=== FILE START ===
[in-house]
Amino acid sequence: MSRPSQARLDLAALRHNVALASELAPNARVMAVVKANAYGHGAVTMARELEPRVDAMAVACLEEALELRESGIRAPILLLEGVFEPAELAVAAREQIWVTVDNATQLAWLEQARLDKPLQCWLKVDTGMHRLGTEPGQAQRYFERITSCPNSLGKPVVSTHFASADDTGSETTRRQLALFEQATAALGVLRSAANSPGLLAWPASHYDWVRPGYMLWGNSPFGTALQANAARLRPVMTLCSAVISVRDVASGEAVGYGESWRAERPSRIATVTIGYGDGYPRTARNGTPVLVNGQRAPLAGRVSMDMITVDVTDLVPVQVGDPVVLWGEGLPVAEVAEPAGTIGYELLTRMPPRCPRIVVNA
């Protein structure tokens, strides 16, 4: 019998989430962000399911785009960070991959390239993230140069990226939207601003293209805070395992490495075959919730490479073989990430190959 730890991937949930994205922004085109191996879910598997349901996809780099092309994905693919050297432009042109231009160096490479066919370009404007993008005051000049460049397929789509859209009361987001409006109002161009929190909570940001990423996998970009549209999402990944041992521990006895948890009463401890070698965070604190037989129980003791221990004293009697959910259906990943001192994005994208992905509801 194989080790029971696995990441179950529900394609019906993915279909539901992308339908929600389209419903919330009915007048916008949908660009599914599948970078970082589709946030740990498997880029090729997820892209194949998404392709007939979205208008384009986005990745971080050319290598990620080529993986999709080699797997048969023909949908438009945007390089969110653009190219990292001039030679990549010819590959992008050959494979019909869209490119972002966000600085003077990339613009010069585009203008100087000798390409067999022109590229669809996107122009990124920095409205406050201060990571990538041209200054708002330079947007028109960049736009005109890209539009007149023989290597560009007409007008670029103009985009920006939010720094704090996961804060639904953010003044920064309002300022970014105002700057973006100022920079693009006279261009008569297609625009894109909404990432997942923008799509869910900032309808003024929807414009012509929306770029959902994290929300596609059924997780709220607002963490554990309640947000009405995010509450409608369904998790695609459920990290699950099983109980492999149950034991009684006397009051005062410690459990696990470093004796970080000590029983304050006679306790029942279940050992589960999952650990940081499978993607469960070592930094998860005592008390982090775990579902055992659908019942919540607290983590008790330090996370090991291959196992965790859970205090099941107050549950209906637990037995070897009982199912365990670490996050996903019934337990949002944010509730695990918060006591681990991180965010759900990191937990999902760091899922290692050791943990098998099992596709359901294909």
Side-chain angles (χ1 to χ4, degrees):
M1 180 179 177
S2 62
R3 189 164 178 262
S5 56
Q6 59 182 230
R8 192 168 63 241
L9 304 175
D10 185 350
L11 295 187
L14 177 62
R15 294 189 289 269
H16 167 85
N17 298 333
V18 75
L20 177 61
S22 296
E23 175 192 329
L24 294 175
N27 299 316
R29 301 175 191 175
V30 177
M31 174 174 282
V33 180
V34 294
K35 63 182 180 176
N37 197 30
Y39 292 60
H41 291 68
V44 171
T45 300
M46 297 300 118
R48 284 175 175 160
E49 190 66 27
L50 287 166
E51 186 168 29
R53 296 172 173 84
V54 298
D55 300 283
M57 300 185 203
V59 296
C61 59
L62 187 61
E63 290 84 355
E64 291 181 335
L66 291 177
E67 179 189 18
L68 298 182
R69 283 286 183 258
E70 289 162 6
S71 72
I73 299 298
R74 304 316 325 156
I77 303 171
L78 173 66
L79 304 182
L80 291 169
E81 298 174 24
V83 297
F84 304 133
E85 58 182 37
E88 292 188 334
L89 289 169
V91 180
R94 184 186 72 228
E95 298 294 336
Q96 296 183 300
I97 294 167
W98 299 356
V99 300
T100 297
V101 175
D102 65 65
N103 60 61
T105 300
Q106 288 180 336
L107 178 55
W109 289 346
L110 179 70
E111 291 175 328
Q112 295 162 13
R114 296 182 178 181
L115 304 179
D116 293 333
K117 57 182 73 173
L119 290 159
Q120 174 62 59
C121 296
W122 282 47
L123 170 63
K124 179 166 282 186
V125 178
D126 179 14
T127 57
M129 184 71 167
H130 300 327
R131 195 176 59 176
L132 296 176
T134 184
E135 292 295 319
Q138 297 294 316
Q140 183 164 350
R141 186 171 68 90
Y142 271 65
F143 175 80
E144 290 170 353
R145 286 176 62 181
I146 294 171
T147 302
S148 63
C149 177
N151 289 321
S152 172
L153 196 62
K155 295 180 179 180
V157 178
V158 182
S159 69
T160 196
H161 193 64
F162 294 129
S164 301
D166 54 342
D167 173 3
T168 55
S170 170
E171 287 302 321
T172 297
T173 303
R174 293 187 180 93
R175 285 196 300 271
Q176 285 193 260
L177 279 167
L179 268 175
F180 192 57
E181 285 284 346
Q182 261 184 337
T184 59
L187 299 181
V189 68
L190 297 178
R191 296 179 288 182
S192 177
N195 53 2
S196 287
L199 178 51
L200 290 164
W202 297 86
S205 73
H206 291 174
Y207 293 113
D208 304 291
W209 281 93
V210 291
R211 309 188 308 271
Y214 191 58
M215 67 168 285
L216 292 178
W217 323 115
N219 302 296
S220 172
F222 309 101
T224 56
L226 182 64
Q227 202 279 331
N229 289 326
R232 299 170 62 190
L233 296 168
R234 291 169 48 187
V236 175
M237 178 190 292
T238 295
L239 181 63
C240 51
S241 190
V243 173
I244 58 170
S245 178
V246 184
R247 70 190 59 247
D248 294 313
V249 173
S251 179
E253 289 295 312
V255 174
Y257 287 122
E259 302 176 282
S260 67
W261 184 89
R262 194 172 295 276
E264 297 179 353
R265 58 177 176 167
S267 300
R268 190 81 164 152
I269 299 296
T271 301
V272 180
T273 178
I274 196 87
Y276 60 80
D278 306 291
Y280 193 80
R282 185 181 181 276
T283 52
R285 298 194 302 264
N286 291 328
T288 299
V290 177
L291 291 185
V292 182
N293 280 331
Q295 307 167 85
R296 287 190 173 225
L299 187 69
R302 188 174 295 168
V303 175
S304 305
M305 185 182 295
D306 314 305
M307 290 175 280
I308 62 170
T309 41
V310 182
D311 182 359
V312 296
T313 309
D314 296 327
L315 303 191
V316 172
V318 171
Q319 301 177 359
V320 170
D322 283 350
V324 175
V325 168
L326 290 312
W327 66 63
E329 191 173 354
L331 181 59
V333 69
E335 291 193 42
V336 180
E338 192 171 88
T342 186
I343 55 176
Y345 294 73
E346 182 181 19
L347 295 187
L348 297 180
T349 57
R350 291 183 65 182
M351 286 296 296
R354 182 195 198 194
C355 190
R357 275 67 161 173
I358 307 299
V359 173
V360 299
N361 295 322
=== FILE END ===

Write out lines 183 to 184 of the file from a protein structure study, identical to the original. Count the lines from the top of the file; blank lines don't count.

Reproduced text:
R247 70 190 59 247
D248 294 313